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B.C. gets feedback on implementing trades certification

Russell Hixson
B.C. gets feedback on implementing trades certification
PROVINCE OF B.C. — A trades worker makes a mark at a jobsite in B.C. The province recently wrapped up extensive consultation regarding the implementation of its trades certification program.

The Province of B.C. has completed a round of consultation with workers, employers, industry stakeholders and Indigenous people to help implement skilled trades certification.

Officials say the feedback and the reports they generated will inform the supports and services related to implementing skilled trades certification for the 10 initial mechanical, electrical and automotive trades in the province.

Tradespeople and employers were asked to provide input about key aspects of implementing skilled trades certification, including how to help current workers become certified or enter an apprenticeship training program. The consultation also sought to identify supports for employers during economic recovery.

Some of the key themes identified were:

  • Exploring more flexible learning options, such as digital and remote instruction, as well as evening and weekend classes so that apprentices can continue to work and stay close to their families and communities while learning.
  • Making sure there are enough training seats available to keep up with increased demand and waitlists are kept to a minimum.
  • Providing opportunities for early exposure so that more young people choose a career in the trades to replace retiring workers.
  • Ensuring a range of supports are in place to help currently uncertified workers successfully challenge exams, especially for older workers and those who have a first language other than English.
  • Enhancing outreach and education on available supports so that workers and employers can easily get help with certification when and where they need it.
  • Continuing to make trades education welcoming, inclusive and culturally relevant – particularly for marginalized individuals and Indigenous people.

“Create more training options with geography in mind. This is particularly important for Indigenous tradespeople,” said one roundtable discussion participant cited in the report.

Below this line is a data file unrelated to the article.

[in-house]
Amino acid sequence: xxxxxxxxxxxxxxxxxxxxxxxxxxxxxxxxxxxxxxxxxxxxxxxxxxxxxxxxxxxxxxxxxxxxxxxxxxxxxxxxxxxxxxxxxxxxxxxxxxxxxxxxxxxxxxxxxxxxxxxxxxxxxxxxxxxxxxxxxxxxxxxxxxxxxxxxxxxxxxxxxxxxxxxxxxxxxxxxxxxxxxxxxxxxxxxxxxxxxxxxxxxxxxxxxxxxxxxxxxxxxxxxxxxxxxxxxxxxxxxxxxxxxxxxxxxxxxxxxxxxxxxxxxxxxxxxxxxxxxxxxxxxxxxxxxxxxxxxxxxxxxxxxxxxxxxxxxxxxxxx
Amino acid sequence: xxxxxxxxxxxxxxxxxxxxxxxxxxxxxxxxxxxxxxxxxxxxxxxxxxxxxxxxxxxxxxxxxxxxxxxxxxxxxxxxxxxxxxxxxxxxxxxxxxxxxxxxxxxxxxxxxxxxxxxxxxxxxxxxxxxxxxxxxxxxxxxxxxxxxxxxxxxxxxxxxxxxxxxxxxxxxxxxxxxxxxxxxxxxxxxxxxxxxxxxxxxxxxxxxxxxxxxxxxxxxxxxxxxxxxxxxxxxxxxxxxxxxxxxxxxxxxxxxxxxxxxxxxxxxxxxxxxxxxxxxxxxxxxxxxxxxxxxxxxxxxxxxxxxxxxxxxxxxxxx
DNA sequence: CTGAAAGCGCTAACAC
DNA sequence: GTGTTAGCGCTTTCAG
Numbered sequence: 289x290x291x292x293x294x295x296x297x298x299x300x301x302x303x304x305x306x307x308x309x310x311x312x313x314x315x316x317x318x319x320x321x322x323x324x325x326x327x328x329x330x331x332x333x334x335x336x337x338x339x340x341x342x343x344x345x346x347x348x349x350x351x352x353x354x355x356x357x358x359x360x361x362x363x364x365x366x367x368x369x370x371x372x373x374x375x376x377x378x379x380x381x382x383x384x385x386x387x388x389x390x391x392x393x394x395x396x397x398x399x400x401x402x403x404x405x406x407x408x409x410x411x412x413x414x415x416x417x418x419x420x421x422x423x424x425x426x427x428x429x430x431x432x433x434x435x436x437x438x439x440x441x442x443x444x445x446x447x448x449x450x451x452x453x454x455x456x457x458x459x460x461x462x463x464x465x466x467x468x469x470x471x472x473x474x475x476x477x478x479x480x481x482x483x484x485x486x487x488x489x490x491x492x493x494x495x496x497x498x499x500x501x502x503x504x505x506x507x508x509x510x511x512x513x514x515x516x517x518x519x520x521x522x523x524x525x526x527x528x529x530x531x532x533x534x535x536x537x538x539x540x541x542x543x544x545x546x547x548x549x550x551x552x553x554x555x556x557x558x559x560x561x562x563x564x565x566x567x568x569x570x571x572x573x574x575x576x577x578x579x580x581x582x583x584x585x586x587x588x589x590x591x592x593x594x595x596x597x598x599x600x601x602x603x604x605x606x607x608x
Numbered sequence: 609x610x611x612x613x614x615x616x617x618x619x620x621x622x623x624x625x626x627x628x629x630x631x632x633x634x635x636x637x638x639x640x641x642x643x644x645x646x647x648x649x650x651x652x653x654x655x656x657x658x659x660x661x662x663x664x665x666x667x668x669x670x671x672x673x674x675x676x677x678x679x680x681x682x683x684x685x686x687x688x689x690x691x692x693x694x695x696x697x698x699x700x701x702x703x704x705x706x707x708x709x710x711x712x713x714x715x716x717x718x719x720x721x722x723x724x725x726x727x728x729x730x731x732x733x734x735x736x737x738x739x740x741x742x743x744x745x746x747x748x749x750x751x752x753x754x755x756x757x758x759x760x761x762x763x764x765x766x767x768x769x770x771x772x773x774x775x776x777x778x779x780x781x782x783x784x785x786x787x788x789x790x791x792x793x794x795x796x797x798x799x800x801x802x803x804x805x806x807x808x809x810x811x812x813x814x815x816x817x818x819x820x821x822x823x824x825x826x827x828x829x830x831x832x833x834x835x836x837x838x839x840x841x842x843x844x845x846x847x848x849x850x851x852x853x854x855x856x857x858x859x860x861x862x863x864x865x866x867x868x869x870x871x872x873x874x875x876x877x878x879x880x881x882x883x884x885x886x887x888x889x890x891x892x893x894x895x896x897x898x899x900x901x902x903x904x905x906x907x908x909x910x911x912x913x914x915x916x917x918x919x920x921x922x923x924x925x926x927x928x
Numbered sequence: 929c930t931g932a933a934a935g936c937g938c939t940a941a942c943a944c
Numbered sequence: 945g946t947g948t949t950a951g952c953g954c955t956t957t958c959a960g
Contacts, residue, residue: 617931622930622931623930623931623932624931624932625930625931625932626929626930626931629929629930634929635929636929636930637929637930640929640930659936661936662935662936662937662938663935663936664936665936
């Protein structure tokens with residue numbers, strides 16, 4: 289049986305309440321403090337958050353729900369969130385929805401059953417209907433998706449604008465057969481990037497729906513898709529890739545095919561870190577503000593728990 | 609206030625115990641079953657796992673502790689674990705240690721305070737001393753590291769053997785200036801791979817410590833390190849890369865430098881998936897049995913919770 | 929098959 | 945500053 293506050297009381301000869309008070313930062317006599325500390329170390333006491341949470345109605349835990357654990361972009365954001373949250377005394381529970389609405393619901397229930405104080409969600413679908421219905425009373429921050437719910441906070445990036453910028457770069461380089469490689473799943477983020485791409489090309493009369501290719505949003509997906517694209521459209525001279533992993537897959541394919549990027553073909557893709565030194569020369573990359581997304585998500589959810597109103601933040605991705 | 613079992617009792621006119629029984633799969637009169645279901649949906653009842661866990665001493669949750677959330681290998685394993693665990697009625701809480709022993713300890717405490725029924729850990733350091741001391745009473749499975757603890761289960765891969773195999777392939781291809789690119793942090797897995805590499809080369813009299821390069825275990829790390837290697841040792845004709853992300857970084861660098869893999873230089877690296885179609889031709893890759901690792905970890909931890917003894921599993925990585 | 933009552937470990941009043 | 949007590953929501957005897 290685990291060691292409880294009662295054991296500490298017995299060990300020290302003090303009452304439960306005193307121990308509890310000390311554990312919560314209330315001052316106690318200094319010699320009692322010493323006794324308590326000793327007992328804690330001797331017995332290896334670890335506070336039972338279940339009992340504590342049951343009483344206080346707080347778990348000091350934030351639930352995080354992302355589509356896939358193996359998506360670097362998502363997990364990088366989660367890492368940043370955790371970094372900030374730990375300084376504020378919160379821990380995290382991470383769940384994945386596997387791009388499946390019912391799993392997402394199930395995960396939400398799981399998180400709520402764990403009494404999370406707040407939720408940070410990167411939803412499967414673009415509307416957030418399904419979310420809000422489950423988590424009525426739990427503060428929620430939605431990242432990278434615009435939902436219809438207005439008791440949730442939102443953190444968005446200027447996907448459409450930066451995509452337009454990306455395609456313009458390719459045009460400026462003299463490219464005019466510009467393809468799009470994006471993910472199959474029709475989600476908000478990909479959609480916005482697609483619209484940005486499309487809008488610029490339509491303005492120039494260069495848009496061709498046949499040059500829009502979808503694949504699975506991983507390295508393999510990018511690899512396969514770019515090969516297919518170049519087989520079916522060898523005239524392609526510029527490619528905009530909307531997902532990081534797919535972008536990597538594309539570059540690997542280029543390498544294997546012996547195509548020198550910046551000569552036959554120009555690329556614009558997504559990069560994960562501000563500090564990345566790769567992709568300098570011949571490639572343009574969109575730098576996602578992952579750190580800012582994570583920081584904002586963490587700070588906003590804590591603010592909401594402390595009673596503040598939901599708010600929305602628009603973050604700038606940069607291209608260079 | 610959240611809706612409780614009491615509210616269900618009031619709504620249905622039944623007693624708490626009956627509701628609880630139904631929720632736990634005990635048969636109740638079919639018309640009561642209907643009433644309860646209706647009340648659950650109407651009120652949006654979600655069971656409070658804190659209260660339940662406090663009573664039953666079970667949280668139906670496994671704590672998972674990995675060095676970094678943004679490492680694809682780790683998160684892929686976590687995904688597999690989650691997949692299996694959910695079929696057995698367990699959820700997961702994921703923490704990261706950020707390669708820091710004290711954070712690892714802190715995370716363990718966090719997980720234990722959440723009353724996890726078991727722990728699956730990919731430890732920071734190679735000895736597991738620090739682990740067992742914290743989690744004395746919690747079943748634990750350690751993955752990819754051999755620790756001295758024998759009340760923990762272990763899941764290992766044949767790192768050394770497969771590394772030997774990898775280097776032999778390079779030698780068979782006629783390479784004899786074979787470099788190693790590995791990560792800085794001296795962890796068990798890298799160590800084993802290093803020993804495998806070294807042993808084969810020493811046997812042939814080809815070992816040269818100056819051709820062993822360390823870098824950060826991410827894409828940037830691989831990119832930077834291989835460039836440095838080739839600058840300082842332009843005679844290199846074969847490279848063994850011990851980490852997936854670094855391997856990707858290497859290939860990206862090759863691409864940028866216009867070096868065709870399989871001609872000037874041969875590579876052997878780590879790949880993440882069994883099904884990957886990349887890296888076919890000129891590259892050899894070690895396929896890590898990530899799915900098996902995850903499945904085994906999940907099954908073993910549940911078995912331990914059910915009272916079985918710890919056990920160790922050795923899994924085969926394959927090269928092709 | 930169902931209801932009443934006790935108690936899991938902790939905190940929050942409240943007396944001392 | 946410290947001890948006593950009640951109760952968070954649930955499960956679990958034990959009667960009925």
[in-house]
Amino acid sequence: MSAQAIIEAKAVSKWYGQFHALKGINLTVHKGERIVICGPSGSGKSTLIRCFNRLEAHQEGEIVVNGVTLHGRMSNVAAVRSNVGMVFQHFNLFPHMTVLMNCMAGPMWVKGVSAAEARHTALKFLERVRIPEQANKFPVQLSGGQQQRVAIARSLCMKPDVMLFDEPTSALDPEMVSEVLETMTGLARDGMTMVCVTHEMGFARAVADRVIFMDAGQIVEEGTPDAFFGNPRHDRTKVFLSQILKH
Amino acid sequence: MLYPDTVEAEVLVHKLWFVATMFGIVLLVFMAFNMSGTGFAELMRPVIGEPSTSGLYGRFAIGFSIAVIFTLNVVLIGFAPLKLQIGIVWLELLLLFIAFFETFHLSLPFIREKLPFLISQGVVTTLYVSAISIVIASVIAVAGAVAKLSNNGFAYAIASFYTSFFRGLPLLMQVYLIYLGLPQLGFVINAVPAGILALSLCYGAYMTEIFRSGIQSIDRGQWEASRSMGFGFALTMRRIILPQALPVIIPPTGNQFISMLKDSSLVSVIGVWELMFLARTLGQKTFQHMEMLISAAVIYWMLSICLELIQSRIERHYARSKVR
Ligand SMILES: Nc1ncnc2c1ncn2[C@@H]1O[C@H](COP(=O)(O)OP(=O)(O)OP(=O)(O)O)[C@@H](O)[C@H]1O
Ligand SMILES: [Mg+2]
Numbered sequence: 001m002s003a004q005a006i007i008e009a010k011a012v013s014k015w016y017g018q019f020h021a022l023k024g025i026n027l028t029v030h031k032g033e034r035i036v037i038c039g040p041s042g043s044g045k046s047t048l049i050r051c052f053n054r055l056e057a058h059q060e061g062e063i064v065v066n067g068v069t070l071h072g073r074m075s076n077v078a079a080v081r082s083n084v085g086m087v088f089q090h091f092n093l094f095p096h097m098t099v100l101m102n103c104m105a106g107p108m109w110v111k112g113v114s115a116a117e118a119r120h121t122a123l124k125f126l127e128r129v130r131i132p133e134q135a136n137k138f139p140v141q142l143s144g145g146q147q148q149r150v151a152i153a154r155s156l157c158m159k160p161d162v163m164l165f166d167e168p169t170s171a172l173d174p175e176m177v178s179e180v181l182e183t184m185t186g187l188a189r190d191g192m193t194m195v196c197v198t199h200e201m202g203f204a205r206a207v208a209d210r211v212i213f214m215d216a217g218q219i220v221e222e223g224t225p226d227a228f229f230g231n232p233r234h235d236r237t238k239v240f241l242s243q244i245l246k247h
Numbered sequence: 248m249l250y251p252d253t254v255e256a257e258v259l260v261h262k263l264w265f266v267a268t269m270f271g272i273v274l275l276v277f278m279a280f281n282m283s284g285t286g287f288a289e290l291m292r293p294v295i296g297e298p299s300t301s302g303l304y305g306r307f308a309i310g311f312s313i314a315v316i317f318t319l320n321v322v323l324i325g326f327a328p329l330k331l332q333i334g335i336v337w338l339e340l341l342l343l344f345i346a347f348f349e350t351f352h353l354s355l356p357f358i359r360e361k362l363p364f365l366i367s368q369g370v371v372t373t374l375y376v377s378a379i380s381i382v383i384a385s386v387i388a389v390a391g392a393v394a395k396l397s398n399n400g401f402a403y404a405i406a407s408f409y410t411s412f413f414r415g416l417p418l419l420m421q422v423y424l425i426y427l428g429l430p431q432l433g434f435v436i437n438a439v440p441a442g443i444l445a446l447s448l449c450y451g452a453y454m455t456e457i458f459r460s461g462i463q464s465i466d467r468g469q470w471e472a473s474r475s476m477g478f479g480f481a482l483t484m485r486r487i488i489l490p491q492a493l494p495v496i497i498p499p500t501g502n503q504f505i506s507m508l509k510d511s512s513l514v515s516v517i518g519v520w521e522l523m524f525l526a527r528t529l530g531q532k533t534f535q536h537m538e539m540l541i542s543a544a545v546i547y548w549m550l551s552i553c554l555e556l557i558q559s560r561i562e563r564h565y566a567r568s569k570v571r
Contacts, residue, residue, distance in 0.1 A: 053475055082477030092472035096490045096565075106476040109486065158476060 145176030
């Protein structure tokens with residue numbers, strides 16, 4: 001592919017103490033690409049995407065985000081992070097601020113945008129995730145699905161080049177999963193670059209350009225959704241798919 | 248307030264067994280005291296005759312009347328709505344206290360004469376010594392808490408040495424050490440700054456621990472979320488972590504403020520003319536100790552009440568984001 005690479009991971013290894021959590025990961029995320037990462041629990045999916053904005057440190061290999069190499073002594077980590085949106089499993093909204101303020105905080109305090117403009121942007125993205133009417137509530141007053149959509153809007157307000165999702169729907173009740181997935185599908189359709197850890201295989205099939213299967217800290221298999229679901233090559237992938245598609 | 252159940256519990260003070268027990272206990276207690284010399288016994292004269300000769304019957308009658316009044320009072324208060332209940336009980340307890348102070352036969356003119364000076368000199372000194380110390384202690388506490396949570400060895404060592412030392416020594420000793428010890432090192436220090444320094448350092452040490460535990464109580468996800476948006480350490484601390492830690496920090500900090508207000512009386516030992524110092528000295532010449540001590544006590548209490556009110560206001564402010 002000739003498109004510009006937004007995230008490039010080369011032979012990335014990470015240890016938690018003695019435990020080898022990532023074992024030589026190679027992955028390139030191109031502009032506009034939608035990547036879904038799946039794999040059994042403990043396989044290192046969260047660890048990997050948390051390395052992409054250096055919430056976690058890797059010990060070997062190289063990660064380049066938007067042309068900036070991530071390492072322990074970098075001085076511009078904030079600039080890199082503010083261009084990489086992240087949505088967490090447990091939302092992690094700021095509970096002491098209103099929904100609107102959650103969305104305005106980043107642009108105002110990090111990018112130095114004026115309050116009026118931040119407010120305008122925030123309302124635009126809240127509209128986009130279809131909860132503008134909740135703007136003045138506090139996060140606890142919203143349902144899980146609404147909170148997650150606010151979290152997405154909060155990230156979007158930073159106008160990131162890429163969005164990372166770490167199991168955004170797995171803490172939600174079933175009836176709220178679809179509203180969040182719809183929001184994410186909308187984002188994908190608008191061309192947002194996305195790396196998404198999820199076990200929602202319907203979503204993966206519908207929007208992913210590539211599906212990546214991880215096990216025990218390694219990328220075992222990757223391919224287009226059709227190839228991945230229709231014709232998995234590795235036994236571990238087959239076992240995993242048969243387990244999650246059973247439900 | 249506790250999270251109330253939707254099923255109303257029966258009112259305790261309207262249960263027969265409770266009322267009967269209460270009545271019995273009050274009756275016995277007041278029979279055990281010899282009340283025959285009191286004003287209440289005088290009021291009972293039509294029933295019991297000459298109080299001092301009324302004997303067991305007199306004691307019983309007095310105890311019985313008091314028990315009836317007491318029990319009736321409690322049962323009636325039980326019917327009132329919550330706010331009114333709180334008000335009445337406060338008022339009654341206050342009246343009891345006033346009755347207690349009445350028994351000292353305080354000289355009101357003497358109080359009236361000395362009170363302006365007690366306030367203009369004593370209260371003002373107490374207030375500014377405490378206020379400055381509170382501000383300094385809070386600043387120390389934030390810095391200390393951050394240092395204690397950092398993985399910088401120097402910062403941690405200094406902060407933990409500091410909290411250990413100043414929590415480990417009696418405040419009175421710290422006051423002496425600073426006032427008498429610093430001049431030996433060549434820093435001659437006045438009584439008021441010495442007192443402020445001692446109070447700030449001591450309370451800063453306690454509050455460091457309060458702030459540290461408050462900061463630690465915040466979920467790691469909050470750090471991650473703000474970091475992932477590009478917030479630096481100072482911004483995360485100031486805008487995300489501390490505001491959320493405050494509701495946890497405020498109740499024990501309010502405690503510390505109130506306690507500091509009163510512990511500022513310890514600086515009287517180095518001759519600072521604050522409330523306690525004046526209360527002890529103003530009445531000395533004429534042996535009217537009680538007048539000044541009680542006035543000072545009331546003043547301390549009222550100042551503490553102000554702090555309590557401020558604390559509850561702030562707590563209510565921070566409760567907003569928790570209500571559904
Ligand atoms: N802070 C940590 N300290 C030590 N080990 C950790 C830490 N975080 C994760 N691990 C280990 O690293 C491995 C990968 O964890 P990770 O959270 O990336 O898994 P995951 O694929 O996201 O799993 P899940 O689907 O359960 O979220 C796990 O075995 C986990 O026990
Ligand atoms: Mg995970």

When it came to implementing trades certification, the reports noted some employers expressed concerns about how it might impact productivity by making it difficult to find and retain journeypersons. However, the province noted most respondents from both the online survey and roundtables expressed strong support for certification and believe it will provide more rigour and credibility to the trades from a career, consumer safety and confidence perspective.

“How can we deal with the lost productivity and the ability for shops to finance the development of apprentices?” said one of the employers during a roundtable session.

The consultation ran from June to September 2021 and included an online survey (868 respondents), eight roundtables (113 individual participants), more than 30 stakeholder meetings with the parliamentary secretary for skills training, Andrew Mercier, and focused discussions with the Industry Training Authority (ITA) and Ministry of Advanced Education and Skills Training staff. There were also seven Indigenous dialogue sessions (54 individual participants) to understand the potential impacts on Indigenous people in B.C.

“I was honoured to a part of the conversation, particularly the Indigenous consultation about the best paths forward for apprenticeship in our province,” said Mercier. “A big takeaway for me from the consultation in general was hearing the same things from everyone across the board when it came to issues like the need for accessible and flexible learning options.”

Mercier said he was encouraged by the comments he heard about trades certification.

“Universally we were told it was overdue,” said Mercier. The response was overwhelmingly positive. The biggest takeaway for me was – and we say this in the results of the survey – 75 per cent of parents were more likely to encourage their kids to go into the trades if it required certification. The impact of raising the prestige of trades is real and people recognize that.”

Mercier added when talking about public policy, one can’t lose sight that policy impacts real people. The goal is to make sure skills are being standardized at a high level, people aren’t left behind and those with existing skills are recognized.

“We’re taking a flexible, common-sense approach to implementing skilled trades certification that puts standardizing skills at a high level at the forefront, and industry and Indigenous stakeholders will be involved throughout implementation,” said Mercier.

The 868 provincial survey participants represented workers (47 per cent), businesses (29 per cent) and industry organizations (12 per cent). The demographics included representation from Indigenous people, youth, 2SLGBTQ+, people of colour, new Canadians and other groups that have been historically underrepresented in the trades. Participants from urban and rural settings were also included.

The ITA hosted a survey about its role in skilled trades certification (741 respondents), held nine focus groups (70 participants) and two virtual information sessions (66 participants).


Follow the author on Twitter @RussellReports.

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